aeolian poetics / aeolian politics
//We’re very happy to share this guest contribution from Fred Carter following his “Word Becomes Energy” Open Lab held earlier this year!
Emerging from what Rosalind Krauss termed the ‘expanded field’ of site-specific artistic practice in the late 1960s, Liliane Lijn’s ‘Whirling Wind Tower’ engages wind energy as an aeolian terrain for sculptural intervention.[i] Sketched in 1970 but never realised, this speculative design was intended to capture wind through vertically nested turbines, spiralling air flow into a downward vortex to maximise its potential energy and pumping water into a reservoir to provide hydroelectric power for a small community. Subverting the form of the nuclear power plant cooling towers it might eventually replace, the sculpture drew on Lijn’s work with engineers working in renewables to develop a turbine which, like the REC prototype below, generated energy through vortices rather than the conventional rotation of blades. Most strikingly, the tower was also conceived as an aleatory instrument converting ‘the mood of the wind itself’ into an acoustic installation, echoing the ‘Aeolian harp’ as a poetic trope for translating elemental force into aesthetic form.[ii] As Lijn puts it, the turbine both generated ‘practical energy for physical needs’ and offered a ‘lyrical’ resource that might energise regenerative, resistant, or revolutionary social transformations.[iii]
In its attempt to meet the meso-scale material energy needs of a community and, at the same time, to engage a more expansive sense of wind’s political, lyrical, or infrastructural forms, ‘Whirling Wind Tower’ marks a turn in Lijn’s work to ‘social sculpture’ during the energy crises and political upheavals of the 1970s. Returning to this project during an REC open lab session in May, I was struck by the question of how we might reconfigure the concept of lyric needs in the thick of another energy crisis. What forms might register the politics of wind energy that coalesce around the horizon of transition and ongoing Indigenous resistance to green colonialism, as the shift to wind energy envisaged by the Swedish settler state remains dependent on extraction and expansion across Sámi territories?[iv] If, as Cymene Howe and Dominic Boyer have suggested, this contested resource frequently evades capture within a singular political ecology, Lijn’s expanded field of sculpture speaks to their anticolonial conception of an ‘aeolian politics’ in its examination of ‘how wind power becomes contoured by land and desire’ or ‘by infrastructure and technological management’ according to the instrumentalising logic of capital accumulation.[v] Engaging both the material and lyric functions of infrastructure – those interlocking forms through which the turbine comes to structure specific collectives, resource aesthetics, or energy futures – ‘Whirling Wind Tower’ oscillates between this aeolian politics and its poetics.[vi]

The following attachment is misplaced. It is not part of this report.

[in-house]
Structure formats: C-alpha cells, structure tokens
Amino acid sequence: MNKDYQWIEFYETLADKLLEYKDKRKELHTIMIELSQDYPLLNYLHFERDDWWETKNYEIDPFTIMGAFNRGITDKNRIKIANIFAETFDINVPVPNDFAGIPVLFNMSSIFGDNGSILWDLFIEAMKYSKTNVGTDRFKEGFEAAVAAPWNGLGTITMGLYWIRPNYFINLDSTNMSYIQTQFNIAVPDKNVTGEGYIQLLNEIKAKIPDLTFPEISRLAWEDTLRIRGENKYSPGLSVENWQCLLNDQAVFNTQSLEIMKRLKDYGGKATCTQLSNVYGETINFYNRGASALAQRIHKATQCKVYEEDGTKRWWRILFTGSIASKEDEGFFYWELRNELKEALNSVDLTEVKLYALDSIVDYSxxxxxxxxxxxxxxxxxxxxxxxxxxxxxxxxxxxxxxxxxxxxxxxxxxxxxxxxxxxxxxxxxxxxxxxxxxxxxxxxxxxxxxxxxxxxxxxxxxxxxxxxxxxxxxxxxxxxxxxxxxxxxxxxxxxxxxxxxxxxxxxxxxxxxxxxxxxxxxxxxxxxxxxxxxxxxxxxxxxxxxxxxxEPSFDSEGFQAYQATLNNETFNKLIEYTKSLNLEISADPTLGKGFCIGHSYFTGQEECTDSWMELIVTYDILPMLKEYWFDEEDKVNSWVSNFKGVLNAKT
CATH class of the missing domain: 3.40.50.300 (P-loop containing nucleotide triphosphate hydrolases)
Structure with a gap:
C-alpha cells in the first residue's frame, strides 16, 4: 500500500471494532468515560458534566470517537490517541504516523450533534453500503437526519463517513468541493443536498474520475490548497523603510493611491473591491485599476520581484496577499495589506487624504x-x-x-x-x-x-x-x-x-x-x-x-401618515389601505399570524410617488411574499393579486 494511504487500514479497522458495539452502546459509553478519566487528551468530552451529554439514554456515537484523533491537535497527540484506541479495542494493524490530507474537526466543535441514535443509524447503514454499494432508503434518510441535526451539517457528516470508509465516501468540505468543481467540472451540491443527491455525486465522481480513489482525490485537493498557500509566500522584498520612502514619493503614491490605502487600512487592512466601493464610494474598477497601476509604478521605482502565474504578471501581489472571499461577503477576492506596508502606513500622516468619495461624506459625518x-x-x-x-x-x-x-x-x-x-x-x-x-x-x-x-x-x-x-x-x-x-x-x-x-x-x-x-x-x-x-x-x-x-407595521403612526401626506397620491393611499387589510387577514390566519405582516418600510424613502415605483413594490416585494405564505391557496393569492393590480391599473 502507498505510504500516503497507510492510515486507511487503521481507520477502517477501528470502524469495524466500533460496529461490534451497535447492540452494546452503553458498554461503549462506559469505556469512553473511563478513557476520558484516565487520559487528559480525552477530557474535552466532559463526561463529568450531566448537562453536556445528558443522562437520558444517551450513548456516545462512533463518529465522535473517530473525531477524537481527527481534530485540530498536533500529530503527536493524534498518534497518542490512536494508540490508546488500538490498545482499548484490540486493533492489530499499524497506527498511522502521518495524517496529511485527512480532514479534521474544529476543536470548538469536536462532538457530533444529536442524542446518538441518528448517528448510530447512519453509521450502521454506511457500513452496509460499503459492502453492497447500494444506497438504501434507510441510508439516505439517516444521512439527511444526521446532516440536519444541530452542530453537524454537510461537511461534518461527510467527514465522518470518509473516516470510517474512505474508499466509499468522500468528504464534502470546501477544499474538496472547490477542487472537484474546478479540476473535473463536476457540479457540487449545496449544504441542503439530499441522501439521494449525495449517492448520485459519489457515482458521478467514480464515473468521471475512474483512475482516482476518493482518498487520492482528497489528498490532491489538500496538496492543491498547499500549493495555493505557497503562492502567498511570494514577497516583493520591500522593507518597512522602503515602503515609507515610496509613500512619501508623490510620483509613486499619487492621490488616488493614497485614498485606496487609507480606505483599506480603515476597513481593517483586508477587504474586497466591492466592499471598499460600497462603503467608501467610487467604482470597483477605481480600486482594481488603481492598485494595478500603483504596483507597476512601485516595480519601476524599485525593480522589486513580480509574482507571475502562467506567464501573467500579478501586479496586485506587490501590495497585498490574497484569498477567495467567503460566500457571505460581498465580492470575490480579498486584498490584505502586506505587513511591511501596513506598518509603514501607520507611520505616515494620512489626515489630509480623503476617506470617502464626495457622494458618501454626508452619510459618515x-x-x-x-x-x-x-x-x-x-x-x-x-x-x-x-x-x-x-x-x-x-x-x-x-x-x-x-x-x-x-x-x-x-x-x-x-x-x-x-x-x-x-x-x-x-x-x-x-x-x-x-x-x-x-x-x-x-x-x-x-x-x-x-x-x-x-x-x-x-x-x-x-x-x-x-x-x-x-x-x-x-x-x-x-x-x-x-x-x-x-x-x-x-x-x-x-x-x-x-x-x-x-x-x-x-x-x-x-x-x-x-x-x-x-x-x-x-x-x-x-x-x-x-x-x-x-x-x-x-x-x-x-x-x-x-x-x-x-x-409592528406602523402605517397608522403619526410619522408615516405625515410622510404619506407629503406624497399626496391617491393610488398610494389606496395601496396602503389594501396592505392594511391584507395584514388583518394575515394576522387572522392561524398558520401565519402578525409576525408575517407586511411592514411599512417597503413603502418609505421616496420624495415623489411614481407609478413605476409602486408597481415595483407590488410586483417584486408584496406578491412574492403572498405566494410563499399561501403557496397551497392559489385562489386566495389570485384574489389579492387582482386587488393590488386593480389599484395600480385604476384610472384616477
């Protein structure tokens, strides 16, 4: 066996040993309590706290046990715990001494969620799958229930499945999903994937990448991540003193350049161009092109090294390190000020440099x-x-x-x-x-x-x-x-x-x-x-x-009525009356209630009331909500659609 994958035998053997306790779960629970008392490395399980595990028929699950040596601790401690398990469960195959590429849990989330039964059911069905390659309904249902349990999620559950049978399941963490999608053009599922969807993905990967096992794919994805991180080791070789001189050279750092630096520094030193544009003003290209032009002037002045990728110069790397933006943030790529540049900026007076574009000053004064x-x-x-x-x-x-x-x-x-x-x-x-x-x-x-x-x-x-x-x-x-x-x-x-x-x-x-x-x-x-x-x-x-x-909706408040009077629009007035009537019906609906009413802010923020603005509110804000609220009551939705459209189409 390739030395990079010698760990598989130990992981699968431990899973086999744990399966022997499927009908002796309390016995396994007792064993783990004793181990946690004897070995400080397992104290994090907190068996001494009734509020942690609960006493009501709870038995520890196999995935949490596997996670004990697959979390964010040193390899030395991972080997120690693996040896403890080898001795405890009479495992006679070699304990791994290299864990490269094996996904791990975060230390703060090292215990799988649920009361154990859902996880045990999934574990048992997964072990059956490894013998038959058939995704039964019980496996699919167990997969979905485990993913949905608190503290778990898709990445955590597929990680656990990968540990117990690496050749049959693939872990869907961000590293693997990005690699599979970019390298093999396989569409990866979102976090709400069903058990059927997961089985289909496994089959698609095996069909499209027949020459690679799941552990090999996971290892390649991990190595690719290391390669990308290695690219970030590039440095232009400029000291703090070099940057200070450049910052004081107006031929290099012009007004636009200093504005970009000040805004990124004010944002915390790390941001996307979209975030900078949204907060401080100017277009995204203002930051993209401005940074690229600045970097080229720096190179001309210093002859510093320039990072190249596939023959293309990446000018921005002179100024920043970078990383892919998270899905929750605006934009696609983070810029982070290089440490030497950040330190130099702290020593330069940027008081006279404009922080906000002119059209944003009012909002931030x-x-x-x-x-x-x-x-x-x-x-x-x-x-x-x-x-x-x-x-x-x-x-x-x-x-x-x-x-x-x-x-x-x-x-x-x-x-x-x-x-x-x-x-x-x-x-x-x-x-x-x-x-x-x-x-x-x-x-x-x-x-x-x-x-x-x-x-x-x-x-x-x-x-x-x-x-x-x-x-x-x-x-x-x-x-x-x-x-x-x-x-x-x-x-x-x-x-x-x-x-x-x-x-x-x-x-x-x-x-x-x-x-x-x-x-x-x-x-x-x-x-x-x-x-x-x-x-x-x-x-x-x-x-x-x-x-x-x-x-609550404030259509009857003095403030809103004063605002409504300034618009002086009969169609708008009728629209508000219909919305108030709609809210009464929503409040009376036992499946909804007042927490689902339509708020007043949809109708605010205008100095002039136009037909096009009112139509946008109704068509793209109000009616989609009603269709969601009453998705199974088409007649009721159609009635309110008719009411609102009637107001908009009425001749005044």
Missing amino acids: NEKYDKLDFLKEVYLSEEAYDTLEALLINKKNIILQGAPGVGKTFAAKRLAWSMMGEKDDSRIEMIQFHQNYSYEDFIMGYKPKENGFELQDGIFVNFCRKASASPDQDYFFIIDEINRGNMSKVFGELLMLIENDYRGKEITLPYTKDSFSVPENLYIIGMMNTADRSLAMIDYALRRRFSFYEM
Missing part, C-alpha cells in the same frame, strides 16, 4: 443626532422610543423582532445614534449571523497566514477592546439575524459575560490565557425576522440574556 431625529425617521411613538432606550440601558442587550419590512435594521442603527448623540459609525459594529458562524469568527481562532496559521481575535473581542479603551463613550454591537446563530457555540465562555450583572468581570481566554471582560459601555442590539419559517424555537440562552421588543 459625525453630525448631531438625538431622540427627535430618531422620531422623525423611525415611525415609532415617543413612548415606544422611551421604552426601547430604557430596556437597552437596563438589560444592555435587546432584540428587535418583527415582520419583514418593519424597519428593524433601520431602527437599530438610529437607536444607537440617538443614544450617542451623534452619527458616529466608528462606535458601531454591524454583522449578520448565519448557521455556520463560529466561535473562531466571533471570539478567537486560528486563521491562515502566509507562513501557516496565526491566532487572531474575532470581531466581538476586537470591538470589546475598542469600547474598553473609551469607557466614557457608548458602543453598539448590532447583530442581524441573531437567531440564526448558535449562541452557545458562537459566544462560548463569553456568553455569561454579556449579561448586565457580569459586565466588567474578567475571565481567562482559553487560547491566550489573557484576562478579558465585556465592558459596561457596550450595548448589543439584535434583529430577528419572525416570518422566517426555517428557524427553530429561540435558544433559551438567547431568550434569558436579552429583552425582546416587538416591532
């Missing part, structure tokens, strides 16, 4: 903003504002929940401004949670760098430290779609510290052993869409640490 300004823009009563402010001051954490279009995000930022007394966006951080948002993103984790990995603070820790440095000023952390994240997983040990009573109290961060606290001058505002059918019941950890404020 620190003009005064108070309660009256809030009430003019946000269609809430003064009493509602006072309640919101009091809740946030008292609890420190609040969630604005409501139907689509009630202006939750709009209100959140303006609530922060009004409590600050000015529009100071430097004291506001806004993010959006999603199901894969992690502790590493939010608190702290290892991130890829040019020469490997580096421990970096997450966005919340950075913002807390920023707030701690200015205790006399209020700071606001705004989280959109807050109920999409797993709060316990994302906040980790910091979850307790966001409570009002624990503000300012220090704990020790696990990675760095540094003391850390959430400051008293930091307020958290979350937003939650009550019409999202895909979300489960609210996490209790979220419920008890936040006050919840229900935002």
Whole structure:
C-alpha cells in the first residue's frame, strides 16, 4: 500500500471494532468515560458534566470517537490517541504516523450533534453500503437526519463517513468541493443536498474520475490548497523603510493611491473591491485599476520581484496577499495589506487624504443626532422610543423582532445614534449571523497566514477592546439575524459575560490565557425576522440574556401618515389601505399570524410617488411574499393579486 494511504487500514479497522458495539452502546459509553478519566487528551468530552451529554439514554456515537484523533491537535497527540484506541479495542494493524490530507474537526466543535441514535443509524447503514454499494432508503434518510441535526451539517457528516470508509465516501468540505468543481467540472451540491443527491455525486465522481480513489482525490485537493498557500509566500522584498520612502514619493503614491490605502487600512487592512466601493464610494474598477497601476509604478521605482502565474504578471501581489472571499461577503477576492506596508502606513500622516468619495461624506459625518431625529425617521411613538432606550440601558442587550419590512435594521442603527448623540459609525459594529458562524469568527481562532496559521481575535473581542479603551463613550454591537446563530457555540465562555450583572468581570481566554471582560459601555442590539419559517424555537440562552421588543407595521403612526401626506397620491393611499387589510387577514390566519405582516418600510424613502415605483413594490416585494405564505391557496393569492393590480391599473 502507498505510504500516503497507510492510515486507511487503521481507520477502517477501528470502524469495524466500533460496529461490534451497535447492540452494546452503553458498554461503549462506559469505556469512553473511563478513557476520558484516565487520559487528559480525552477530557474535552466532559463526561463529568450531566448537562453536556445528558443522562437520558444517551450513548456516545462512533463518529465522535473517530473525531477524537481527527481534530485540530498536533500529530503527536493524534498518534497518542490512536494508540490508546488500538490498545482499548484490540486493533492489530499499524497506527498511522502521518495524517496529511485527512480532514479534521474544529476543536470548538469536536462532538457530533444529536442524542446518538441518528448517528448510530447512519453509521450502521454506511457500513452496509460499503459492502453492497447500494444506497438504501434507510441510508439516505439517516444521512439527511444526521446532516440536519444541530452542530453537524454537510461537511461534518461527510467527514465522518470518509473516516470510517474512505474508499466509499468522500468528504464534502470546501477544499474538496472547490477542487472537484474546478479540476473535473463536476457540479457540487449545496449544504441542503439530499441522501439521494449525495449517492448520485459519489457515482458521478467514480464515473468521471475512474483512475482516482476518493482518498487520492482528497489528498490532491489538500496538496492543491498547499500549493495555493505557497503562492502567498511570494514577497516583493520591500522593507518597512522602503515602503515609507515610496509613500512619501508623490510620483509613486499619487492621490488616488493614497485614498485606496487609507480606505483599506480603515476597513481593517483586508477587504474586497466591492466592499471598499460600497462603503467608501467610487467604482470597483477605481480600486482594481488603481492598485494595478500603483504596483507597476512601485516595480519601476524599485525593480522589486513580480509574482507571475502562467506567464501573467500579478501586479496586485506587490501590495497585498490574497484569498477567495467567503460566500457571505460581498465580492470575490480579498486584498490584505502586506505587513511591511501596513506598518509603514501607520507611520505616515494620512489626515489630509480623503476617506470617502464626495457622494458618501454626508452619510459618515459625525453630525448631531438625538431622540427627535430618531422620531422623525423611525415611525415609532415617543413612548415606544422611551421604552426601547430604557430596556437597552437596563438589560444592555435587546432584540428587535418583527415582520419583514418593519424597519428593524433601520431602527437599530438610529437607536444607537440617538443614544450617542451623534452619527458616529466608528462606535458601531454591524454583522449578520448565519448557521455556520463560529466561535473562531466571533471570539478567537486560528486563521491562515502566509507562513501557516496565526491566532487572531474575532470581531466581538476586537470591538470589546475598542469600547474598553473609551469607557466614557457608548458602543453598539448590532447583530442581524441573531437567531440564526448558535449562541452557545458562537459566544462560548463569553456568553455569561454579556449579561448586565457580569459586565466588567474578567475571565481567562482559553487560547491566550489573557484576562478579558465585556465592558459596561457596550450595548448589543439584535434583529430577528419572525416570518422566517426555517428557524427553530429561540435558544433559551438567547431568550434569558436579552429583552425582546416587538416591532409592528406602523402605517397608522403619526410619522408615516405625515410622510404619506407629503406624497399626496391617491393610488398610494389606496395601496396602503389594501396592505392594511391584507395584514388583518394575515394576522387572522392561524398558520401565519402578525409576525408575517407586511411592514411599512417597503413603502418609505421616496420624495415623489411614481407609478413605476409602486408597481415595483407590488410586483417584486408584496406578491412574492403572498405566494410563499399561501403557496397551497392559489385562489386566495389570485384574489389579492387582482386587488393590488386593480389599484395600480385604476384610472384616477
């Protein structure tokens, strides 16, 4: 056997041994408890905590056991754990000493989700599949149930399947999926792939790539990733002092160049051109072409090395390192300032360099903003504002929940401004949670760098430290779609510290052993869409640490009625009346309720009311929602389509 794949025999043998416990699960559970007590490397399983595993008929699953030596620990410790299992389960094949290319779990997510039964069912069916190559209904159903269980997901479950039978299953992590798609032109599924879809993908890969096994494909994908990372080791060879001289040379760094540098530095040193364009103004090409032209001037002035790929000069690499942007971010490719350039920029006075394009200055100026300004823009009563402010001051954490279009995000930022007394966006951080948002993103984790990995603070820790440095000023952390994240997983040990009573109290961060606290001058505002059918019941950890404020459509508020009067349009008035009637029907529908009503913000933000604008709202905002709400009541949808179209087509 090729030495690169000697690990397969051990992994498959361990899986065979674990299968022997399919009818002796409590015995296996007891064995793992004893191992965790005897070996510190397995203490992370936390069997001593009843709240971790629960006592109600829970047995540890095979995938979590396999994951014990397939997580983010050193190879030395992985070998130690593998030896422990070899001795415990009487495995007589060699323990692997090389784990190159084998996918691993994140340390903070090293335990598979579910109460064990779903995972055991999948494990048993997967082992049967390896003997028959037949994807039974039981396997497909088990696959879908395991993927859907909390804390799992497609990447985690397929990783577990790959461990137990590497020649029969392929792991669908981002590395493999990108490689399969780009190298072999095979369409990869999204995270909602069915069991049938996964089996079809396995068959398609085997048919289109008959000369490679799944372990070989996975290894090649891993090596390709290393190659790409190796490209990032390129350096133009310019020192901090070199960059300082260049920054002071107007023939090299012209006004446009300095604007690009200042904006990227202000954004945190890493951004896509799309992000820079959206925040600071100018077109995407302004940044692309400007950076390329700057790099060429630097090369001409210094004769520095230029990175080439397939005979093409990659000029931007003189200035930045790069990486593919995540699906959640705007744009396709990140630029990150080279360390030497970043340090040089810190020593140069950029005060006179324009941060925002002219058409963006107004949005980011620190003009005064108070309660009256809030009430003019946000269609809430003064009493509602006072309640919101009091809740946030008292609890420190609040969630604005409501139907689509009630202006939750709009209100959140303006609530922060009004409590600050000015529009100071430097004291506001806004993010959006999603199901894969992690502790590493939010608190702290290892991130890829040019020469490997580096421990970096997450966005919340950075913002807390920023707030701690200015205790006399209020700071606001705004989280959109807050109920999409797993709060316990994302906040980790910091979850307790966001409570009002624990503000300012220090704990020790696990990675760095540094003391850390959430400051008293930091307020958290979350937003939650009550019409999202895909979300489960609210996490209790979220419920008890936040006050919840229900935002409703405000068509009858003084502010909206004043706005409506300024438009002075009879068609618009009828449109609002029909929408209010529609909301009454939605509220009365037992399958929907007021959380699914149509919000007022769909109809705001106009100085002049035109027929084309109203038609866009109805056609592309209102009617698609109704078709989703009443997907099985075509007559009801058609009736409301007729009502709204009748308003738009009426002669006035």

(Fred Carter, Sep 2022)
[i] Rosalind Krauss, ‘Sculpture in the Expanded Field,’ October, vol. 8, 1979, p. 44.
[ii] Liliane Lijn, ‘Whirling Wind Tower Typescript,’ 1970.
[iii] Liliane Lijn, ‘Whirling Wind Koan,’ 1970.
[iv] Eva Maria Fjellheim & Florian Carl, ‘Green Colonialism is Ruining Indigenous Lives in Norway,’ Al Jazeera, 2020.
[v] Cymene Howe & Dominic Boyer, ‘Aeolian Politics,’ Distinktion: Journal of Social Theory, vol. 16, no. 1, 2015, pp. 32-33.
[vi] Peter Larkin, ‘The Politics & Poetics of Infrastructure,’ Annual Review of Anthropology, vol. 14, 2013, p. 329.